August 7, 2023 – Market Focus

Good morning, Farmer Family …

Main Markets

US farm markets were mixed on Friday. Corn prices gained 0.73%. Soybean prices picked up 0.36%. Soymeal faded 1.05% lower, while soyoil improved 2.11%. Wheat prices were mixed but mostly lower. Chicago SRW rose 0.96%, while Kansas City HRW fell 1.95% and Minneapolis spring wheat dropped 1.35%. Commodity funds were net buyers of CBOT soybean, soyoil, wheat and corn futures contracts, and net sellers of soymeal futures contracts, traders said. For the week, corn fell out of bed all week, with nearby September dropping 7.05% since the prior Friday. New Crop December was 6.22% lower on the week. Soybeans couldn’t regain strength from Monday’s selling, as nearby September fell 3.21% on the week. New crop November was down 3.56% since the prior Friday. The products added to the weakness, with meal down 2.54% and bean oil 0.38% lower. The wheat complex was in free fall mode past week. Kansas City HRW was the leader of the collapse, with a drop of 12.12% in September. Chicago followed suit, with a 10.12% loss. MPLS spring wheat brought up the rear, with nearby September down 8.23%. Corn basis bids were mostly steady across the central U.S. on Friday but did trend 5 cents lower at an Iowa processor and 5 cents lower at an Iowa river terminal. Soybean basis bids held steady across most Midwestern locations, but did tilt 10 cents lower at an Indiana processor. Wheat basis ended the week mixed. HRS basis was back down in the Gulf and steady in the Pacific Northwest (PNW). HRW was steady in the Gulf and up in the PNW where traders attributed the change to continued wide protein spreads. SRW basis strengthened with increased commercial sales. SW prices are decreasing as harvest marches forward in the PNW. CFTC data showed managed money traders adding corn positions through the week that ended 8/1. As for soybean the report showed a long liquidation from managed money soybean traders.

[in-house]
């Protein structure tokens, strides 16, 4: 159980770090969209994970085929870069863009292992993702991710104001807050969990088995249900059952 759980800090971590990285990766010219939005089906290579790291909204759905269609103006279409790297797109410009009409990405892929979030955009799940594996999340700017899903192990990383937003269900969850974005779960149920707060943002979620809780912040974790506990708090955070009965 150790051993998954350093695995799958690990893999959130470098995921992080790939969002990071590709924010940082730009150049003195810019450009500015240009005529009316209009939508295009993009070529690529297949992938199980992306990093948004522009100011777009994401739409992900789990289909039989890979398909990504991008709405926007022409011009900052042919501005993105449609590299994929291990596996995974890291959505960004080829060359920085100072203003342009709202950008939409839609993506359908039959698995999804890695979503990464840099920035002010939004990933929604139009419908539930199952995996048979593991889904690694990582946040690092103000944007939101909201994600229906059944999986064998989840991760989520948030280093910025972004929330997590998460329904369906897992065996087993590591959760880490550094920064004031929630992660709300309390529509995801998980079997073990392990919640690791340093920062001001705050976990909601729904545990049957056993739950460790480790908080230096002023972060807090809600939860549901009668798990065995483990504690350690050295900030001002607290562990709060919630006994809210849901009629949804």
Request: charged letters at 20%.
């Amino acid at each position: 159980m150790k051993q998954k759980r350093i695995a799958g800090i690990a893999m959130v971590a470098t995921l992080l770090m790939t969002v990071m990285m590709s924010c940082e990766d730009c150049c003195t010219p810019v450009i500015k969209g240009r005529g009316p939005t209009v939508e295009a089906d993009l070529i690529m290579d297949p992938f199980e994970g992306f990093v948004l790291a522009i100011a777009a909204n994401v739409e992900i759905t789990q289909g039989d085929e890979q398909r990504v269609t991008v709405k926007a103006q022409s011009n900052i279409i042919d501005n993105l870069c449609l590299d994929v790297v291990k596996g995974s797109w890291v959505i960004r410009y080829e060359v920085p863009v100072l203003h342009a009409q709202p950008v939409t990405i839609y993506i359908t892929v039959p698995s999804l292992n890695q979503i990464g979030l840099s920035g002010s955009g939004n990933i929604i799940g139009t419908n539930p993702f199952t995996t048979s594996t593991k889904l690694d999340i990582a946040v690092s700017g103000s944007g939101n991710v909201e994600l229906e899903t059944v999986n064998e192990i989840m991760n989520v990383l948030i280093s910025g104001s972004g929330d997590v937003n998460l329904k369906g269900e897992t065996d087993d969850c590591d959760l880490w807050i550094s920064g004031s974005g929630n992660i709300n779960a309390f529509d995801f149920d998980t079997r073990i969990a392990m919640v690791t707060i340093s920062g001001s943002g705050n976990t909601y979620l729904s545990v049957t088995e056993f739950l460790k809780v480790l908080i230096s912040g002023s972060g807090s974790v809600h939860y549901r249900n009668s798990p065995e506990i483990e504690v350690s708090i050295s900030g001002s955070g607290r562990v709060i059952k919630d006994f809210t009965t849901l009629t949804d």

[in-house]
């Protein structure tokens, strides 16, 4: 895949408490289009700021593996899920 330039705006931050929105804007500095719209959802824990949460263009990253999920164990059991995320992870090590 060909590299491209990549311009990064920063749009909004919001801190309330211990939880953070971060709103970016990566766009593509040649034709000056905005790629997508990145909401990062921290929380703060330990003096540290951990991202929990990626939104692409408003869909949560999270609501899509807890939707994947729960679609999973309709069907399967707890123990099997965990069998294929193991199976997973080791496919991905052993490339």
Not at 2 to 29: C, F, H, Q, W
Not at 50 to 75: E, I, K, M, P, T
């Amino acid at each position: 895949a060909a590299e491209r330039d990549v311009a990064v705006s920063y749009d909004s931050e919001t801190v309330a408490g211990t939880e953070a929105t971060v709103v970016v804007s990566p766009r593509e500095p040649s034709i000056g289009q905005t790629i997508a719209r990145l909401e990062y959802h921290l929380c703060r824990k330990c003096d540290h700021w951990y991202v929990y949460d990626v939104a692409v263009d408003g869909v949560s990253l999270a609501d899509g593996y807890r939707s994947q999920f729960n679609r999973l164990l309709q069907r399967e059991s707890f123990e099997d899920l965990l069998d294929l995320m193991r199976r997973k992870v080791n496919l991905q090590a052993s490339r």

The Saskatchewan crop report noted that hot and mostly dry weather was prevalent across the province, which adversely impacted soil moisture levels. Harvest is now underway in west-central and south-western regions.
South America
Wire sources suggest Brazilian ports are transitioning from soybean loads to corn loads as the 2nd crop corn harvest expands and creates significant volumes that need to move.
Buenos Aires Grain Exchange reported for the week ending 2 August the 2022-23 maize harvest was 73pc complete. Wheat planting 2023-24 was 99pc complete with conditions rated at 88pc fair/excellent.
Wheat rebounded from a three-week low, after some Ukrainian attacks on a Russian port zones. Wheat quality grades in the Northern Europe will likely show a volume of feed wheat larger than expected. European Union data showed the bloc’s soft wheat exports since July 1 were 13% below the year-ago level. Corn crops have benefited from the recent rain, with the French Ministry of Agriculture revising upwards its estimate. European Union corn imports are trending 28% below last year’s pace so far. EU barley exports are 69% lower year-over-year, and soymeal imports are also trending moderately lower year-over-year. In the oilseed market, November rapeseed rose 3.5%, extending a rally, on disappointing harvest yields in Europe, and as heavy rain hampered field work in the north. EU soybean imports are tending 25% below last year’s pace so far.
North Africa
Tunisia is regularly confronted with shortages of basic commodities, and now is faced a new shortage of subsidized bread.
Ukraine has harvested 16.6 MMT of 2023 grain crop so far, meanwhile grain exports reached a total of 2.56 MMT so far.
U.S. bank JPMorgan JPM.N last week stopped processing payments for the Russian Agricultural Bank, Russia said on Friday.